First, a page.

Section 1557 of the Affordable Care Act (§1557) requires “covered entities” to comply with specific rules on nondiscrimination, which, among other things, prohibit denying or limiting coverage or imposing additional cost-sharing in health insurance and other health-related coverage based on race, color, national origin, sex, age, or disability. Proposed rules issued in July 2022 interpret the term “covered entities” to include organizations that receive federal funding and are principally engaged in providing health programs or activities. Insurance carriers, third-party administrators (TPAs), and employers in the medical field may be considered covered entities, but most other employers are not. Further, employer-sponsored group health plans generally do not receive federal funding. However, insurance carriers and TPAs may only be permitted to issue and administer plans that comply with §1557 nondiscrimination rules.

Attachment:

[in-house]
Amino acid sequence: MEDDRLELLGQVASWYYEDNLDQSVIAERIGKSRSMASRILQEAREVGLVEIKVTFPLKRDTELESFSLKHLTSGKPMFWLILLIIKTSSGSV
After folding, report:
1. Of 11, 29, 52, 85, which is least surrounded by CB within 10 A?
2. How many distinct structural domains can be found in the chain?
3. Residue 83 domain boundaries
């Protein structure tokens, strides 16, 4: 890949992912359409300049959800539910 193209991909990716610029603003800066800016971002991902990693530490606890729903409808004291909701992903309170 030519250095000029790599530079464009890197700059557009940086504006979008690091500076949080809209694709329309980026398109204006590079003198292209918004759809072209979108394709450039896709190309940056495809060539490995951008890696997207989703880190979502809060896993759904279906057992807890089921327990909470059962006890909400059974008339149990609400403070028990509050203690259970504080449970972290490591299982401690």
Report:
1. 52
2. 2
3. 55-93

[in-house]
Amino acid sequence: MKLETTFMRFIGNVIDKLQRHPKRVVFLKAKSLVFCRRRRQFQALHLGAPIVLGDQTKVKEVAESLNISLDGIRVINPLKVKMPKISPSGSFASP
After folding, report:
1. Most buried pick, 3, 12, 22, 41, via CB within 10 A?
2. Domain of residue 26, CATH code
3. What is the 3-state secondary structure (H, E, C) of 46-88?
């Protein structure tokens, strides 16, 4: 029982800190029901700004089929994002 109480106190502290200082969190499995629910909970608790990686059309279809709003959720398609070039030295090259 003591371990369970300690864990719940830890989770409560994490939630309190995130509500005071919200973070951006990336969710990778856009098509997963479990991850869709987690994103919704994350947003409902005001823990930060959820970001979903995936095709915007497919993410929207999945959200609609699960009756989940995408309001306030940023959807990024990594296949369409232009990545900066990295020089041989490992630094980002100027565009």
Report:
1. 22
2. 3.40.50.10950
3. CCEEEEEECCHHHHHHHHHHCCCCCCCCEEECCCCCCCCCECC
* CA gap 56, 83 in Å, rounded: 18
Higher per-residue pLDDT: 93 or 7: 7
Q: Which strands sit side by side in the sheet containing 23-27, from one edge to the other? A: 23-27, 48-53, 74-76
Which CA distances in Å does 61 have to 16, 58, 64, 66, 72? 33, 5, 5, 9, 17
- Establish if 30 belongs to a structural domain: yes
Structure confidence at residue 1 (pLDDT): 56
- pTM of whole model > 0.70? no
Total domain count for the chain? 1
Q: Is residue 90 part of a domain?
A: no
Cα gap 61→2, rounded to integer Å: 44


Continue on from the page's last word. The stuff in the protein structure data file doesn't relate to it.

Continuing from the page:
The definition of “sex” for §1557 purposes has been in flux since the first nondiscrimination rules implementing §1557 were released in 2016.

However, in accordance with the 2020 Supreme Court of the United States’ (SCOTUS’s) decision in Bostock v. Clayton County, the recently proposed rules interpret the term “sex” to include sexual orientation and gender identity. Two recent court cases highlight §1557’s reach. These cases hinge on fertility benefits and discrimination against individuals in the LGBTQ+ community. Employer plan sponsors should monitor developments with these cases in the event they may need to make changes to plan coverage.